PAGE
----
LOUISVILLE, Ky. -- The most unusual Kentucky Derby produced the most usual result.
Bob Baffert won another Derby. That's six for the now legendary trainer, tying Calumet Farm's Ben A. Jones (1938-52) atop the leaderboard. Authentic got the job done. Jockey John Velazquez executed a perfect wire-to-wire ride, holding off, then separating from favorite Tiz the Law to win No. 146.
It was a crazy Derby. Baffert's other entry, Thousand Words, reared up wildly in the paddock, toppling assistant trainer Jimmy Barnes, who likely needs eight screws to repair his broken wrist. The horse was automatically scratched. Thirty minutes later, the victorious Authentic practiced his own form of social distancing, clearing out the winner's circle, bowling over Baffert and Spendthrift Farm president Eric Gustavson in the process.
"The most surreal day of my life," Gustavson described it later.
But it wasn't really the Derby. Not the Kentucky Derby. Not the one we know and love. Churchill Downs was a facility without fans, its grandstand nearly empty. No hats. No mint juleps. No red carpet. No Millionaires Row. No ridiculous costumes or drunk patrons. On the 50th anniversary of Hunter S. Thompson's famous essay "The Kentucky Derby is Decadent and the Depraved," sadly this Derby was neither.
"It's just been such a weird year," said Baffert afterward, including himself in the equation. The trainer was "the most loaded I've ever been" for a Derby. Nadal. Charlatan. Authentic. Thousand Words. Cezanne. Uncle Chuck. All contenders. Then Nadal and Charlatan were shelved by injuries. Cezanne and Uncle Chuck proved too green. Along the way, Baffert was hit with a 15-day suspension -- under appeal -- for a drug violation at Oaklawn Racing Casino Resort in Hot Springs involving Charlatan and the filly Gamine.
"It's tough on me. It's tough on my wife, Jill. The ups and downs we had," Baffert said Saturday. "In May, we had four -- I had four. I had all these horses. We'd go to Oaklawn, Charlatan. We've got Nadal. They looked like unbeatable. I had four horses ready to roll. And just things happen."
By post time, Baffert was down to his last shot: Authentic, second in the Santa Anita Derby and first in the Haskell. And he had Velazquez, a 48-year-old magician who, like the trainer, can squeeze the best from his mount when the moment demands nothing but the best.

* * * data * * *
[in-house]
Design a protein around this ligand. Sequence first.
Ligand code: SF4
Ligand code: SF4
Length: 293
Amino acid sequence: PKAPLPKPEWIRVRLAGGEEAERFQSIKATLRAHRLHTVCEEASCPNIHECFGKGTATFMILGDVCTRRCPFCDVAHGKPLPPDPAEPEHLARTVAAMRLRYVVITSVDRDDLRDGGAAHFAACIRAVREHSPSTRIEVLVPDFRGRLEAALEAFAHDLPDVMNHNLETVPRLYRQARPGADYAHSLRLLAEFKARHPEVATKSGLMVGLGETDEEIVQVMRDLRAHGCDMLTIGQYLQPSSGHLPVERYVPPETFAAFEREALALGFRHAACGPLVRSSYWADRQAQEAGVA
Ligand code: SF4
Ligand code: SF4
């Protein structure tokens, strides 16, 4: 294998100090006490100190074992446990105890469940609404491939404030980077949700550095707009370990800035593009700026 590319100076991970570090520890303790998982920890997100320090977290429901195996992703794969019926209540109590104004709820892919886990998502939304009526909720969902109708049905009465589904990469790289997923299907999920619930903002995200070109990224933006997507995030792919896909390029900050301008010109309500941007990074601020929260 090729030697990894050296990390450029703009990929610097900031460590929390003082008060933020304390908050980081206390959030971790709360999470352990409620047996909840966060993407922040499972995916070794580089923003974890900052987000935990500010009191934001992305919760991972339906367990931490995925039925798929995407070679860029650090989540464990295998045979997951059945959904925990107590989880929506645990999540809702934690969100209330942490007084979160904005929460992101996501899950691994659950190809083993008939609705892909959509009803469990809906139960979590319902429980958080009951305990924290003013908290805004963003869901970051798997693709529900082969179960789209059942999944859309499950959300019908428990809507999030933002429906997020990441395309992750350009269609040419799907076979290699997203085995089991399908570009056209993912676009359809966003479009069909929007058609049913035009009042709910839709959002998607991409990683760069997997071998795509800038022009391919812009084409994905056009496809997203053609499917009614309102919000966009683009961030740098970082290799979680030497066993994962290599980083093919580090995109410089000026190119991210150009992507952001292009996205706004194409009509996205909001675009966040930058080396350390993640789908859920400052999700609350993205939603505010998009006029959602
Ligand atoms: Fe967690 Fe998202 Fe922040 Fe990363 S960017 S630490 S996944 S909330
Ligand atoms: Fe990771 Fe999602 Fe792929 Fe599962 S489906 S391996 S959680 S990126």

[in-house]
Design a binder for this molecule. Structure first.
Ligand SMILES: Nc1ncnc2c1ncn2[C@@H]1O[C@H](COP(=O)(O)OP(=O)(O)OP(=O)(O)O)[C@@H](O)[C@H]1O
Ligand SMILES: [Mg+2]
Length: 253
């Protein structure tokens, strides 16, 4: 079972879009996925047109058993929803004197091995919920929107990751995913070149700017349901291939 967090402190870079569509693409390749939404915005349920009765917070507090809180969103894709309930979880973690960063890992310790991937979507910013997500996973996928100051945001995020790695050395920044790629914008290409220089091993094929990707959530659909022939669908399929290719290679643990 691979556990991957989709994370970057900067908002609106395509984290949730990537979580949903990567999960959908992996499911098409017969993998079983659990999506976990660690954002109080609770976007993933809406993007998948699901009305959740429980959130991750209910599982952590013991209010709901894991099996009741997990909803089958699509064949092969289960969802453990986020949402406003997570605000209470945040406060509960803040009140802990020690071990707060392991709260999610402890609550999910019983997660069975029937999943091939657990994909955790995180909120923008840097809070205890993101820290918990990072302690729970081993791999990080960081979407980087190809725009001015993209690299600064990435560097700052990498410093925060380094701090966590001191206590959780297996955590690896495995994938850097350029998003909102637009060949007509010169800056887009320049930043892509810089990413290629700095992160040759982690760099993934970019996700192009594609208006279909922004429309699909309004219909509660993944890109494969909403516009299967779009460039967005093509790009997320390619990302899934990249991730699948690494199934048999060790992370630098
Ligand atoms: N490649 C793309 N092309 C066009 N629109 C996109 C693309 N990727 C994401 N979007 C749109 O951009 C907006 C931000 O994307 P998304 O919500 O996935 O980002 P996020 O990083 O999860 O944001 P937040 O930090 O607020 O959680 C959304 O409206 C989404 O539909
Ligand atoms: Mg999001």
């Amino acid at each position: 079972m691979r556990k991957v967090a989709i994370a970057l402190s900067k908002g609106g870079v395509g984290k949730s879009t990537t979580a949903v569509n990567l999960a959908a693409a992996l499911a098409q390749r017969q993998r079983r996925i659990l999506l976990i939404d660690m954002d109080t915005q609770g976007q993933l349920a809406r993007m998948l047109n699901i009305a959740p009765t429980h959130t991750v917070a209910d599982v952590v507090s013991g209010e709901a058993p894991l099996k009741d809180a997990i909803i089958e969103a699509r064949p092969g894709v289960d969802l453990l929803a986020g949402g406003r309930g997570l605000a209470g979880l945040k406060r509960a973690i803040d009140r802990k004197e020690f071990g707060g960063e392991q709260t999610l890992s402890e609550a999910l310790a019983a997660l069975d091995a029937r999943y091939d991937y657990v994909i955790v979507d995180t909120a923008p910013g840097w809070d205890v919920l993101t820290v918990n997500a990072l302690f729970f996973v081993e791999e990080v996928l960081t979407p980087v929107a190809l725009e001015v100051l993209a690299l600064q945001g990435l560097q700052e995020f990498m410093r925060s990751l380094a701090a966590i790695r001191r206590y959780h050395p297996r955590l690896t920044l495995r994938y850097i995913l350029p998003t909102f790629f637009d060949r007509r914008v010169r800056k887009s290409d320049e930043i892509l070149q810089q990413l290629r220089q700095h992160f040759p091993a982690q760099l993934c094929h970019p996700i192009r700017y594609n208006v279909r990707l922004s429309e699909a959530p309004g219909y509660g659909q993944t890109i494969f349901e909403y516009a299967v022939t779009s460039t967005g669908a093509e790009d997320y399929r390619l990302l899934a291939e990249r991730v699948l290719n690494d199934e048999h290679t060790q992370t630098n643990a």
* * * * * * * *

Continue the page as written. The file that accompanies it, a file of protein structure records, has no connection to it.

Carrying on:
"I never rode him before," Velazquez said Saturday. "I let him know that I was comfortable on him and he showed. Now we go from here."
The Oct. 3 Preakness is next. There's no Triple Crown on the line -- Tiz the Law won the Belmont, the first leg in this crazy coronavirus year, on June 20 -- but Baffert indicated Sunday he is likely to ship both Authentic and Thousand Words to Baltimore. Though Barclay Tagg, Tiz the Law's trainer, voiced his preference to skip the Preakness, his boss, Jack Knowlton of Sackatoga Stables, might have other ideas.
"It's a classic race and you don't get the chance to run in the classic races every year," Knowlton said of the Preakness.
Meanwhile, the Breeders' Cup is Nov. 6-7 at Keeneland. Who knows what our coronavrius world looks like then. Originally hoping to allow 23,000 fans on Derby Day, Churchill Downs was ultimately forced to lock the gates. No on-track wagering, plus a 15-horse field instead of the usual 20, crushed the bottom line. All-sources wagering on the Derby day program totaled $126 million, down from $250.9 million last year. Only $79.4 million was bet on the race itself, down from $165.5 million in 2019.
"I want the old America back," said Baffert, meaning a united America, but he could have just as easily been talking about everything else.
The hope is by November the pandemic will have somehow turned around. Keeneland will be able to welcome fans for a great Breeders' Cup Classic with two great Thoroughbreds, Authentic and Tiz the Law, going head-to-head again. There would be no better way to kiss an awful year goodbye.